Running My Life

Sebastian Coe

Running My Life

One second in time may separate the great athlete from the merely good. Seb Coe has made every second count. From an early age he has been driven to be the best at everything he does. Since the moment Coe stood alongside a 'scrubby' municipal running track in Sheffield, he knew that sport could change his life. It did. Breaking an incredible twelve world records and three of them in just forty-one days, Seb became the only athlete to take gold at 1500 metres in two successive Olympic Games (Moscow 1980 and Los Angeles 1984). The same passion galvanised Coe in 2005, when he led Britain's bid to bring the Olympic and Paralympic Games to London. He knew that if we won it would regenerate an East London landscape and change the lives of thousands of young people. It has. Born in Hammersmith and coached by his engineer father, Coe went from a secondary modern school and Loughborough University to become the fastest middle-distance runner of his generation. His rivalry with Steve Ovett gripped a nation and made Britain feel successful at a time of widespread social discontent. From sport Coe transferred his ideals to politics, serving in John Major's Conservative government from 1992 to 1997 and developing 'sharp elbows' to become chief of staff to William Hague, leader of the Party from 1997 to 2001 and finally a member of the House of Lords. 4.3 out of 5 based on 3 reviews
Running My Life

Omniscore:

Classification Non-fiction
Genre Biography, Sports, Hobbies & Games
Format Hardcover
Pages 496
RRP
Date of Publication November 2012
ISBN 978-1444732528
Publisher Hodder & Stoughton
 

One second in time may separate the great athlete from the merely good. Seb Coe has made every second count. From an early age he has been driven to be the best at everything he does. Since the moment Coe stood alongside a 'scrubby' municipal running track in Sheffield, he knew that sport could change his life. It did. Breaking an incredible twelve world records and three of them in just forty-one days, Seb became the only athlete to take gold at 1500 metres in two successive Olympic Games (Moscow 1980 and Los Angeles 1984). The same passion galvanised Coe in 2005, when he led Britain's bid to bring the Olympic and Paralympic Games to London. He knew that if we won it would regenerate an East London landscape and change the lives of thousands of young people. It has. Born in Hammersmith and coached by his engineer father, Coe went from a secondary modern school and Loughborough University to become the fastest middle-distance runner of his generation. His rivalry with Steve Ovett gripped a nation and made Britain feel successful at a time of widespread social discontent. From sport Coe transferred his ideals to politics, serving in John Major's Conservative government from 1992 to 1997 and developing 'sharp elbows' to become chief of staff to William Hague, leader of the Party from 1997 to 2001 and finally a member of the House of Lords.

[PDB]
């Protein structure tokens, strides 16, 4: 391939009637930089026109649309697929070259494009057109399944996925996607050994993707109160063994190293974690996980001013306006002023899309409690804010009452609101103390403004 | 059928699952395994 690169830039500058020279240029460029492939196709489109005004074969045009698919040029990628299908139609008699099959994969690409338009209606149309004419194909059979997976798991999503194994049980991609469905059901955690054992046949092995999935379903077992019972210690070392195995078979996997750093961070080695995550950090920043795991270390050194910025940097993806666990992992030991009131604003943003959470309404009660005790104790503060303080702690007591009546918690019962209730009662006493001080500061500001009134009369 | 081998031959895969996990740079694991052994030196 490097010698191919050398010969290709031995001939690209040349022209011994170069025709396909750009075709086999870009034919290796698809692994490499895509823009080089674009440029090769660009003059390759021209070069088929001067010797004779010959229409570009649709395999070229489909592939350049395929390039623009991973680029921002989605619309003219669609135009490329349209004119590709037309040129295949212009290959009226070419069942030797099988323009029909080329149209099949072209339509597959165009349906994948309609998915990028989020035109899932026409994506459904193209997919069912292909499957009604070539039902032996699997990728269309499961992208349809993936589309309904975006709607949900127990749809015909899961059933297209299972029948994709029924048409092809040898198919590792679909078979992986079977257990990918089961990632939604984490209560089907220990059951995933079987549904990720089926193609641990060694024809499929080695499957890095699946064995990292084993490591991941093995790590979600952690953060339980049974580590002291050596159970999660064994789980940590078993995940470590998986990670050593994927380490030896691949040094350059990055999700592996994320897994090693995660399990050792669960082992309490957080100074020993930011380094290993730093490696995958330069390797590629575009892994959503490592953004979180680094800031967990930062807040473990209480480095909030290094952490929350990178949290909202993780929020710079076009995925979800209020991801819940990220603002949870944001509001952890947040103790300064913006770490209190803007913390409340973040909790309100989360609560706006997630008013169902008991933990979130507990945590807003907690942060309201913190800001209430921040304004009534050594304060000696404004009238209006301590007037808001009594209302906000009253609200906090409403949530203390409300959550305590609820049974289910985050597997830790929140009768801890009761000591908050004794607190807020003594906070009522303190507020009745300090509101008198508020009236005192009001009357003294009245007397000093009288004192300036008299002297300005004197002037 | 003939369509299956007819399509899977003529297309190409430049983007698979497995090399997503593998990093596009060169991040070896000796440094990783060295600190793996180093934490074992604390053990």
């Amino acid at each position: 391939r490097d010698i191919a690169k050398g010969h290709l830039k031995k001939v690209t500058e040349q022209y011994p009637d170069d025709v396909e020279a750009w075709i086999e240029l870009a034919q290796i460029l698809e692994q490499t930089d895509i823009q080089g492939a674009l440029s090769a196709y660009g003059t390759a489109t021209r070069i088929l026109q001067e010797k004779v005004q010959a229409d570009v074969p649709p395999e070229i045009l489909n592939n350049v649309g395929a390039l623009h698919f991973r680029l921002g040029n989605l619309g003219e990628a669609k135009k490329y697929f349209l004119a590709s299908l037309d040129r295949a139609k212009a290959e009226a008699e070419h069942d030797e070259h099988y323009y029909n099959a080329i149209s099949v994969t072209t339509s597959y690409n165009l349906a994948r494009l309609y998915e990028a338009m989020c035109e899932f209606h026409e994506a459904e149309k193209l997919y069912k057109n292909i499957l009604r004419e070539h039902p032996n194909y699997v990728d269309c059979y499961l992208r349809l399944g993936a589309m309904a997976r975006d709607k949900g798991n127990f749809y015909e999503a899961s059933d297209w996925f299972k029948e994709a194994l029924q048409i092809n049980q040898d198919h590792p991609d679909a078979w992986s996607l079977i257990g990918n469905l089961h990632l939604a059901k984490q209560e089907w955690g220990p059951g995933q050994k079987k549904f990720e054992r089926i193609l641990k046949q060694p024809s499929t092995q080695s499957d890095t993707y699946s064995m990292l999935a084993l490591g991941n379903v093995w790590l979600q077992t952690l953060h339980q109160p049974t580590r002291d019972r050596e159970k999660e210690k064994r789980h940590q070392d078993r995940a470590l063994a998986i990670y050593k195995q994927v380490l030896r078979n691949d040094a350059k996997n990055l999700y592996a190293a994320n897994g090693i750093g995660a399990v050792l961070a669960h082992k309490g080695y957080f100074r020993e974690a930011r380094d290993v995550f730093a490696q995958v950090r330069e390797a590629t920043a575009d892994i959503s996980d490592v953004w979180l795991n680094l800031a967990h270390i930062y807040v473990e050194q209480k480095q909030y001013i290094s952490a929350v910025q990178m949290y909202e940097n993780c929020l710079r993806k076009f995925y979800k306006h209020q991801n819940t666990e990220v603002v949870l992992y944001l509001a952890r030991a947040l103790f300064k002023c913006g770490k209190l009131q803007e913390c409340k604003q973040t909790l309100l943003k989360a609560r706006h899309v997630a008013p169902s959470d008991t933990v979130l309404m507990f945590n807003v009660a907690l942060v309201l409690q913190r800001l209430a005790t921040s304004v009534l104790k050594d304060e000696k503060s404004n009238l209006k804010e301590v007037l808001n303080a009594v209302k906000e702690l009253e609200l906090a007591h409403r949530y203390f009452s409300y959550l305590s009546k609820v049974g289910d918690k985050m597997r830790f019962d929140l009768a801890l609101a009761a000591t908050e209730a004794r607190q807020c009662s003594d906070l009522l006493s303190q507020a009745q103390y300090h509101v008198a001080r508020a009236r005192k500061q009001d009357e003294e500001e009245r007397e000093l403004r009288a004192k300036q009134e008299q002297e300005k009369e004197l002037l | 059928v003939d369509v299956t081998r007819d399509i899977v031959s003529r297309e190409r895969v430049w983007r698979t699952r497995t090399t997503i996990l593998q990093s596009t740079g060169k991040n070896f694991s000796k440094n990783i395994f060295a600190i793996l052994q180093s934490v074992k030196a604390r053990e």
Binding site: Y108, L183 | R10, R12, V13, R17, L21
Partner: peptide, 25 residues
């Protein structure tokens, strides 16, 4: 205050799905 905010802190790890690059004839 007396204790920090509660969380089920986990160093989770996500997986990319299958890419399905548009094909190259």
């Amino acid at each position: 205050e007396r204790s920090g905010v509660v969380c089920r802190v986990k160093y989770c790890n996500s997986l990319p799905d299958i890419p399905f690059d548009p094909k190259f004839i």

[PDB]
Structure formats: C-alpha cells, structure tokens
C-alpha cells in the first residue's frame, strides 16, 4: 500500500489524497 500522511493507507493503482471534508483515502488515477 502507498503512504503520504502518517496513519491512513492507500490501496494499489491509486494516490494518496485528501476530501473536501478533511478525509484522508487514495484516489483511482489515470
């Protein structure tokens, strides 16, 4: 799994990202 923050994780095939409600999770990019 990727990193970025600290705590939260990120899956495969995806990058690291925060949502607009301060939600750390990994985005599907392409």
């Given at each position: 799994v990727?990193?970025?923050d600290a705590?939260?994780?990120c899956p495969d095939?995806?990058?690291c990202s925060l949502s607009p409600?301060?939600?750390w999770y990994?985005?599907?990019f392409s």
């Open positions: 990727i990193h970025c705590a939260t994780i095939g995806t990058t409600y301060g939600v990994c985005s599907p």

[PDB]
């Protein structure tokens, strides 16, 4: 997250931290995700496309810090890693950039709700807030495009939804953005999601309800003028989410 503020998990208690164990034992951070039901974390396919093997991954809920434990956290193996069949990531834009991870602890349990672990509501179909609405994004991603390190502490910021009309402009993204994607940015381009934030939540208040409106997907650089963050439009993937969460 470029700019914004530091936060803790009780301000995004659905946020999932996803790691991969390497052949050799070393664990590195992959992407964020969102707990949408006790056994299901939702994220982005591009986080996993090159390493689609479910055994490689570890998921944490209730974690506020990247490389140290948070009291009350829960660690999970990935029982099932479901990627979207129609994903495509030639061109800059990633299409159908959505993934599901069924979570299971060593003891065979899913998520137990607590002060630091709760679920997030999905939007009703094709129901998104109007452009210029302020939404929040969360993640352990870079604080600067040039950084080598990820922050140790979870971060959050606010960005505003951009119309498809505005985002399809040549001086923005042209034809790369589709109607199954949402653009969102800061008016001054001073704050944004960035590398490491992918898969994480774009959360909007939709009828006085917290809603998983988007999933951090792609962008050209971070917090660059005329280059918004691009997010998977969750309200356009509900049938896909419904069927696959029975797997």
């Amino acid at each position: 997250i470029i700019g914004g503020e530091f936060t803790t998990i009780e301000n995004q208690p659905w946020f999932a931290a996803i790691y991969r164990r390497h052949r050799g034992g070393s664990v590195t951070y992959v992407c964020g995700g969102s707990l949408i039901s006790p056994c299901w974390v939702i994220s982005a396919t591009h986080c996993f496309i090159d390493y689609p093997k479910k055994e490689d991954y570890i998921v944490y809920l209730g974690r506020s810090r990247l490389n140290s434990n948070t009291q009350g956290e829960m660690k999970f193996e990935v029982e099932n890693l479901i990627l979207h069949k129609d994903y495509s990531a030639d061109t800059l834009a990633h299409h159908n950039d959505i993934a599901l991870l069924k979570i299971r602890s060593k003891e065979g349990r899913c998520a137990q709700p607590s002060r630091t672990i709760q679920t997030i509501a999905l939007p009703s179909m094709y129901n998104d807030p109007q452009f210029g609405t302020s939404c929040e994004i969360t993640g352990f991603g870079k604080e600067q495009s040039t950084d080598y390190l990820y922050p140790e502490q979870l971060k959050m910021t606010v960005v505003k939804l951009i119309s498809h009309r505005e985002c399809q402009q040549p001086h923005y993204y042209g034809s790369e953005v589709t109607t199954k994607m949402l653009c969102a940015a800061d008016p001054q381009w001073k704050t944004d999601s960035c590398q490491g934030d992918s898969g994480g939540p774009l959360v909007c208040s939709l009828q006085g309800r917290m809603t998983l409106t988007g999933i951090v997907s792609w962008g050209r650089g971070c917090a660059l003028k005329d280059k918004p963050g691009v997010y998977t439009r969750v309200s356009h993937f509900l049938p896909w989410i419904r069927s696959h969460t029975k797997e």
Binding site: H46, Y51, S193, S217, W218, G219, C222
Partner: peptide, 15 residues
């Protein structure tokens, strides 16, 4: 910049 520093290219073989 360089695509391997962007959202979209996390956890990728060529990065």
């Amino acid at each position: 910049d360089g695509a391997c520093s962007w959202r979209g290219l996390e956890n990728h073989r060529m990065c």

Reviews

The Daily Express

Matthew Dennison

Fast-paced, lively and packed with anecdotes Coe’s book offers his life in the public eye rather than a window on to his soul.

16/11/2012

Read Full Review


The Daily Telegraph

Paul Hayward

A common prejudice about Seb Coe is that he was a brilliant Olympian who morphed into a Tory Boy, sucking up to power. This autobiography affirms him as a man of the people rather than a son of privilege. No living Briton has covered so much social ground, from runner-geek to Conservative apparatchik to messianic transformer of London at the triumphant 2012 Games.

14/11/2012

Read Full Review


The Sunday Times

Rod Liddle

This is a fascinating and rather uplifting autobiography of a somewhat odd chap who, in two different incarnations, brought enormous glory to his country. First the two Olympic gold medals … and then, of course, 20 years later, his brilliant stewardship of London’s bid to win the 2012 Olympic Games, achieved against the odds and against expectation. In between times he was a Conservative MP and junior whip — but not too much of this book is dedicated to that period of his life. Coe does not dwell too long on defeats … [he] concentrates on his performances, which are beautifully described — this is a singularly well-written sporting autobiography.

18/11/2012

Read Full Review


©2013 The Omnivore